Gates Talks Up Mobility, Whidbey to Developers
Gates Talks Up Mobility, Whidbey to Developers
SAN FRANCISCOMicrosoft chairman and chief software architect Bill Gates on Wednesday conveyed his vision for the future of computing and managed to slip a few technology announcements in to boot during his keynote address at the VSLive! conference here.
Gates spoke on his vision of so-called Seamless Computing, where mobility, Web services, speech and location services come together. And in that regard, Gates announced the availability of Microsoft Speech Server 2004, as well as the availability of Windows Mobile 2003 Second Edition and the Visual Studio 2005 Community technology Preview program. Under the program, Microsoft on Thursday will release a pre-beta version of Visual Studio 2005, which features version 2.0 of the .Net Compact Framework, he said.
Some of the challenges to achieving the goal of seamless computing include complexity, deployment issues, quality and security, Gates said.
"Visual Studio is our answer to this," he said, noting that it is easier to use, integrated, reliable and comprehensive.
"Web services play in [to this vision] and were serious about this and thats why we have a lot of our best people" involved in the Web services standardization space, Gates said.
Visual Studio 2005, codenamed Whidbey, "is a very major release for us," Gates said. "Web services are a key theme here," he said. "For the first time were making it easy to develop Web services."
In fact, Microsoft is making application development require half as much code as it traditionally has in many instances, Gates said. Microsoft is facilitating the reuse of existing code and enabling developers to use the same code base to target devices, departmental applications and enterprise applications.
In addition, the upcoming version of Visual Studio, which is due by mid-2005, includes several new features including many that enable developers to communicate their concerns back to Microsoft.
"Its a big feedback loop," Gates said, including error reporting through the Microsoft Watson tool, and other features that enable developers to have automated feedback to Microsoft. Whidbey also features the edit-and-continue feature popular with developers, as well as support for generics, new libraries, and tools to check the quality of code, known as Prefast.
Gates said the feedback capabilities represent a paradigm that is "a major shift in terms of software development." He added that "connecting up applications to reporting databases is something we want to make easier and easier in the tool."
Jay Roxe, Microsofts product manager for Visual Basic demonstrated some of the capabilities of Visual Studio 2005, and showed how the integrated development environment "supports going out and getting snippets of code you can use and then modifying them a little and use them in a program. Were going to ship more than 500 snippets" of code for handling various routine tasks that developers might use, he said.
"A new element is well have releases on an ongoing basis," Gates said.
Greater Support for Mobile
Meanwhile, regarding the mobile space. Gates said: "Mobile is one of the most exciting new areas for applications. We want to make sure these applications are rich and that they fit in with other devices." In addition, "Web services are getting to be so key in this space and we want the Web services calls to be the same on all devices."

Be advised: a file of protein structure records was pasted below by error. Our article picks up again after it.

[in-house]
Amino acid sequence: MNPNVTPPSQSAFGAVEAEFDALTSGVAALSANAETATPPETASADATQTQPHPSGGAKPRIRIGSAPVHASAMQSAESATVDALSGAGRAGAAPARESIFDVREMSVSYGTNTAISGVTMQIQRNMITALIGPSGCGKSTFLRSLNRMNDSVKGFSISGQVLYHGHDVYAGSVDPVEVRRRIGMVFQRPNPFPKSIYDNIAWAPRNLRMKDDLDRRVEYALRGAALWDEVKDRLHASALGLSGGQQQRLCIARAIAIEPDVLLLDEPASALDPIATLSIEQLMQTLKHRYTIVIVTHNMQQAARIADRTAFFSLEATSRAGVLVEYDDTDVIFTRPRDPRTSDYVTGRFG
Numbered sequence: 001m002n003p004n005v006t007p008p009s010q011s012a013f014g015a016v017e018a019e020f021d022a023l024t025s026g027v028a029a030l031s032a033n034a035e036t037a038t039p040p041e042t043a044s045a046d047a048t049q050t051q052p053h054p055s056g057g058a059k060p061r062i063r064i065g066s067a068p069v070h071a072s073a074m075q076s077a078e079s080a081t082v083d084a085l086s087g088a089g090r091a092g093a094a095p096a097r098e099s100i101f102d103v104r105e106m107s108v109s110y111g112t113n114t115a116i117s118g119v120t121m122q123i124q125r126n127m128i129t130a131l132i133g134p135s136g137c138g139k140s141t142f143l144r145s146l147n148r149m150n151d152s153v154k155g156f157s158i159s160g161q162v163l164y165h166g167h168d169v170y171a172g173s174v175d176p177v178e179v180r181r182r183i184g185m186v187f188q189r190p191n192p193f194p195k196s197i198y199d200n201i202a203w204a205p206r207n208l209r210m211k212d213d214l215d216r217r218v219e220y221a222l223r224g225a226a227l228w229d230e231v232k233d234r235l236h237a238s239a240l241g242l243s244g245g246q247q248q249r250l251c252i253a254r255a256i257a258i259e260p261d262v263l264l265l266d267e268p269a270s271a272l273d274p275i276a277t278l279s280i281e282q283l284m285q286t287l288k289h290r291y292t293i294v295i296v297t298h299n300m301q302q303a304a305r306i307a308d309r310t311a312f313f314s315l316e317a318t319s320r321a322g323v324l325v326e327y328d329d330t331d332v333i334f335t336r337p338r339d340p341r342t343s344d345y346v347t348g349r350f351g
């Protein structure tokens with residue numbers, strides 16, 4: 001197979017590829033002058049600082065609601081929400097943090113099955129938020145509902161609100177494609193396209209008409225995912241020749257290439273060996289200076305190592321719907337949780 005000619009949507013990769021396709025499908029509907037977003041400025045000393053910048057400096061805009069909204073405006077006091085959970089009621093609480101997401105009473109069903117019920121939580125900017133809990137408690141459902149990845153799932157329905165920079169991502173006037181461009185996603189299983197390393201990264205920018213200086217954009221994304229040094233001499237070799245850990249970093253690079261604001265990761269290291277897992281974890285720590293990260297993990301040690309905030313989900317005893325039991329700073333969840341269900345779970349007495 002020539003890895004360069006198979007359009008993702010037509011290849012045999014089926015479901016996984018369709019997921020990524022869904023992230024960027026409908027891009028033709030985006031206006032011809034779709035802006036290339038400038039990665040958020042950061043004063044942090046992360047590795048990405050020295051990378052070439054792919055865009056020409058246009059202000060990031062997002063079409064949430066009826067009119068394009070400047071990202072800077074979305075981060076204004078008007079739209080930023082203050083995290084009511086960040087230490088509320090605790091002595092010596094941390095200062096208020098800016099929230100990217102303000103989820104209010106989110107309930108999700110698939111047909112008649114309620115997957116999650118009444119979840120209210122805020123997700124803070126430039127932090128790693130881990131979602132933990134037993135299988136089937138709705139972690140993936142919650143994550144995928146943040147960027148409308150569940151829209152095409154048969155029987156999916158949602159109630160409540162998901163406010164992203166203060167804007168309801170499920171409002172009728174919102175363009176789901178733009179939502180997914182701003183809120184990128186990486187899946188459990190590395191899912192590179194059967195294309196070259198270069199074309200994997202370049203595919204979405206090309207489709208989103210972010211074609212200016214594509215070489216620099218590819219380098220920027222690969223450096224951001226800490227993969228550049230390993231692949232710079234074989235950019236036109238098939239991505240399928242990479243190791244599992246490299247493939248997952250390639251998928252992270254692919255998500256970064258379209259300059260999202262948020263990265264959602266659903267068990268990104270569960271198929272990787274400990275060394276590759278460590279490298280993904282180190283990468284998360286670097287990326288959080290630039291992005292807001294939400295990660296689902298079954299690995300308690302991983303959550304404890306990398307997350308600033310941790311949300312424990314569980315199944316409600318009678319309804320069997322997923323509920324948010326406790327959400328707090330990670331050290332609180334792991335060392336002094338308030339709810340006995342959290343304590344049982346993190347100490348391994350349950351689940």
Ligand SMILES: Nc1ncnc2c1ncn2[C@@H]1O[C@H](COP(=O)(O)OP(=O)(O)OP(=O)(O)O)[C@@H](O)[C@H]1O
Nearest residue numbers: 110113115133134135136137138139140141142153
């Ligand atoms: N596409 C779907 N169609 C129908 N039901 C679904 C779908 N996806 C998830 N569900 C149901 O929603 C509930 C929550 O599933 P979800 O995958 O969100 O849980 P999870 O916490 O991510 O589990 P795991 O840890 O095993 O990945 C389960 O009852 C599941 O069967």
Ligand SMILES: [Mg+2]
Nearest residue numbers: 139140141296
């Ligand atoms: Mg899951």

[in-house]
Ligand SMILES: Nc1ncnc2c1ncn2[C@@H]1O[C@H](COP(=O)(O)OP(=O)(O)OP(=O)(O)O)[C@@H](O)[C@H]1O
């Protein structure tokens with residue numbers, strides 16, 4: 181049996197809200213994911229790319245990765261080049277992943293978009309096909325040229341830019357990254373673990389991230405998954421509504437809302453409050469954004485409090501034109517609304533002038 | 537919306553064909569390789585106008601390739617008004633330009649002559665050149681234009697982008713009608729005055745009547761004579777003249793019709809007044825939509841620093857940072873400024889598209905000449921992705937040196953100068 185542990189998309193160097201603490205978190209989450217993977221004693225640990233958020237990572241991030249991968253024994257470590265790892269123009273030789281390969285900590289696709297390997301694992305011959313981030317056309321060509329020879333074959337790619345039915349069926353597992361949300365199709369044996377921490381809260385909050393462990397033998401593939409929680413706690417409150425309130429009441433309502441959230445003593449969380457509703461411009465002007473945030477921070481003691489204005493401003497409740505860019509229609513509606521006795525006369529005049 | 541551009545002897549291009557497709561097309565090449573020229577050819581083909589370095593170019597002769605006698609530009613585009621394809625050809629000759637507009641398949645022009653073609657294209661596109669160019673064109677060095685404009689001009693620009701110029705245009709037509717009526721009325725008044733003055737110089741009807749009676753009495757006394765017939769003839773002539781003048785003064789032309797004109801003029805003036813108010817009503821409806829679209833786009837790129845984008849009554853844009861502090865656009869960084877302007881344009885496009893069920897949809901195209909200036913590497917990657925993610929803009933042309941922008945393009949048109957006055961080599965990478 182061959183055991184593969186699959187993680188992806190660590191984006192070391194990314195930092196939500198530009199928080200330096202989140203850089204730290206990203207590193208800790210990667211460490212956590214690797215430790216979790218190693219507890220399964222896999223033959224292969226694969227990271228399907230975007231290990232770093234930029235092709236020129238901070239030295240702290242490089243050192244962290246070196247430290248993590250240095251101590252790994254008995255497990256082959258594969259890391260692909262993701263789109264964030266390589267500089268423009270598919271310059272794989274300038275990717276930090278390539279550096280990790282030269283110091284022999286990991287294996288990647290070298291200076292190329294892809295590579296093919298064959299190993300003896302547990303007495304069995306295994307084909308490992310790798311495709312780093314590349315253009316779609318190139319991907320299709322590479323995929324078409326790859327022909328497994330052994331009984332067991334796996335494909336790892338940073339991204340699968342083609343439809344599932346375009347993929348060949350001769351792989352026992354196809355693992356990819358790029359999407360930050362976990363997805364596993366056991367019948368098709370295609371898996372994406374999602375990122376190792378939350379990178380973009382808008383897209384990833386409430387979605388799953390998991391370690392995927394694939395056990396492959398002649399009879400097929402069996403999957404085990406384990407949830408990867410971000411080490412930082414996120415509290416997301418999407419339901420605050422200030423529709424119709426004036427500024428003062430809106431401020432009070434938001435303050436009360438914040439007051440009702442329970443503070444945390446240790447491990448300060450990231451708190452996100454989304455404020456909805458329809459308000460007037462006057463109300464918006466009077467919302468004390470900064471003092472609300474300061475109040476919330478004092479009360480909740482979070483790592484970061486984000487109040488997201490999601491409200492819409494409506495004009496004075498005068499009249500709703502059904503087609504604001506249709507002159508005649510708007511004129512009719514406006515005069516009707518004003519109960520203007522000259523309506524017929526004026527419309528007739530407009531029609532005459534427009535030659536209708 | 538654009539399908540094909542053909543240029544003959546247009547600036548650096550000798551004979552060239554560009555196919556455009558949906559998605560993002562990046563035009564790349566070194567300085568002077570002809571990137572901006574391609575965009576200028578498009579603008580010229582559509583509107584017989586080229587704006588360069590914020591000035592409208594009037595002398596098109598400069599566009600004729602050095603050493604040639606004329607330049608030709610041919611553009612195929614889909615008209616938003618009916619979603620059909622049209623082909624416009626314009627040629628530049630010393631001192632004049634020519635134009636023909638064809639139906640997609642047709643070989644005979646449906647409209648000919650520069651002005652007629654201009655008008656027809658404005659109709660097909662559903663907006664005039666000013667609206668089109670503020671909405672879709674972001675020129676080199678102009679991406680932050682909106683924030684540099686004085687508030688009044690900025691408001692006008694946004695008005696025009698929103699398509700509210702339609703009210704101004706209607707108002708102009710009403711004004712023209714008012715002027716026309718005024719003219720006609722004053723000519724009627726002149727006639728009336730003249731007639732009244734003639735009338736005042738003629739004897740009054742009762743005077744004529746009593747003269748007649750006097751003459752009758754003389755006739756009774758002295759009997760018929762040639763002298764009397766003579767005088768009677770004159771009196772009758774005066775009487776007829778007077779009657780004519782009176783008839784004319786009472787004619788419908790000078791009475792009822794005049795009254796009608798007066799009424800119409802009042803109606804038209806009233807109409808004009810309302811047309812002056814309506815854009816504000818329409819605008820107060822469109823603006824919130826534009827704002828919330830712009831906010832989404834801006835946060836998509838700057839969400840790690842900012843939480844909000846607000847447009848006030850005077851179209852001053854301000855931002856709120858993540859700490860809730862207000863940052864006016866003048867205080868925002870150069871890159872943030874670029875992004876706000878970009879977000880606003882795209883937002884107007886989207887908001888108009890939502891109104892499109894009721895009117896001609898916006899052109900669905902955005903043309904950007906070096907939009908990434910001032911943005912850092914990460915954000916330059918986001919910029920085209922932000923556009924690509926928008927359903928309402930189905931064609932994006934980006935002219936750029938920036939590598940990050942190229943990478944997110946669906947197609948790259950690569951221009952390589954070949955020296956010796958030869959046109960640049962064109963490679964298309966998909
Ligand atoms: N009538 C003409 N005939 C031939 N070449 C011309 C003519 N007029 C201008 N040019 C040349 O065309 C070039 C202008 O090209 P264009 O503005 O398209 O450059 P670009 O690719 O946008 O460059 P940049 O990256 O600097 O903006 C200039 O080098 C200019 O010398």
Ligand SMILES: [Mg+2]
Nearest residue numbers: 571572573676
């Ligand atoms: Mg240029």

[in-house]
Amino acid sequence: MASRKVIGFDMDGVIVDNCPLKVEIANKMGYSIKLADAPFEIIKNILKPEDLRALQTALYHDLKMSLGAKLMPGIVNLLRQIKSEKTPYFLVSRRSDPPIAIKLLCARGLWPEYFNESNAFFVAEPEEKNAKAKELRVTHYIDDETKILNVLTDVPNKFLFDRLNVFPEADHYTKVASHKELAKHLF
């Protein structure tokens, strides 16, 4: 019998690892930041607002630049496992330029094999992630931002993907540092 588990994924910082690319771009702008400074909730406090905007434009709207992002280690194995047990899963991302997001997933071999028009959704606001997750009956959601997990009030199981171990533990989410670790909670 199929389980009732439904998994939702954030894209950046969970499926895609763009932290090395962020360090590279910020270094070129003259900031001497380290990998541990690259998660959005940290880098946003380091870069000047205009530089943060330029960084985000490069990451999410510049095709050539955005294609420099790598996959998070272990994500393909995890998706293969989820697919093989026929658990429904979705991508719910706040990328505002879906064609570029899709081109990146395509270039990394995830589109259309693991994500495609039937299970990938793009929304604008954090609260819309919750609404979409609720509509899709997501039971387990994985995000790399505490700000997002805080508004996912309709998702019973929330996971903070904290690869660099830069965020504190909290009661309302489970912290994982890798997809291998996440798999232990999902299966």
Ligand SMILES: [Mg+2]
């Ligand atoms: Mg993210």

Gates said there will be more than 100 million smart devices by 2007 and that the companys Windows Mobile technology will penetrate the mobile phone market. In terms of Windows Mobile momentum, 37 companies are building hardware and more than 50 mobile operators are supporting it, he said. And while more than 2.5 million programmers use Visual Studio, there are now more than 380,000 Windows Mobile developers, he added.
Windows Mobile 2003 Second Edition includes support for square-screen resolution and dynamic screen switching between landscape and portrait modes, in addition to support for Video Graphics Array (VGA) and Quarter Video Graphics Array (QVGA) found on devices with higher-resolution displays.
Also this week, Microsoft Tuesday announced the launch of its MapPoint Location Server, which enables developers to build location-based services into their mobile applications.
Meanwhile, Microsoft Speech Server 2004 "is about making it easy to write server-based voice recognition for domain-specific grammars," Gates said. Speech technology is central to seamless computing, complements screen-based interfaces, and must be low-cost and widely available, he said.
"Microsoft Speech Server 2004 has application logic and speech processing, and then it can connect you to general telephony," Gates said.
Gates also said applications developed with the new Microsoft technology can be accessed from the more than 2.2 billion installed base of telephones, mobile phones and Windows Mobile-based Pocket PCs and smart phones for mixed speech and visual exchanges.
In fact, Gates made note of a case study where Microsoft and a partner built a speech and telephony application for the New York City Department of Education that enables parents of school kids broad access to applications that give student grade and attendance information. The system is intended for families who dont have access to computers, Gates said.
Finally, Gates said Microsoft is not backing away from pursuing additional innovation in these spaces. "We dont see ourselves backing off on research and development," he said.
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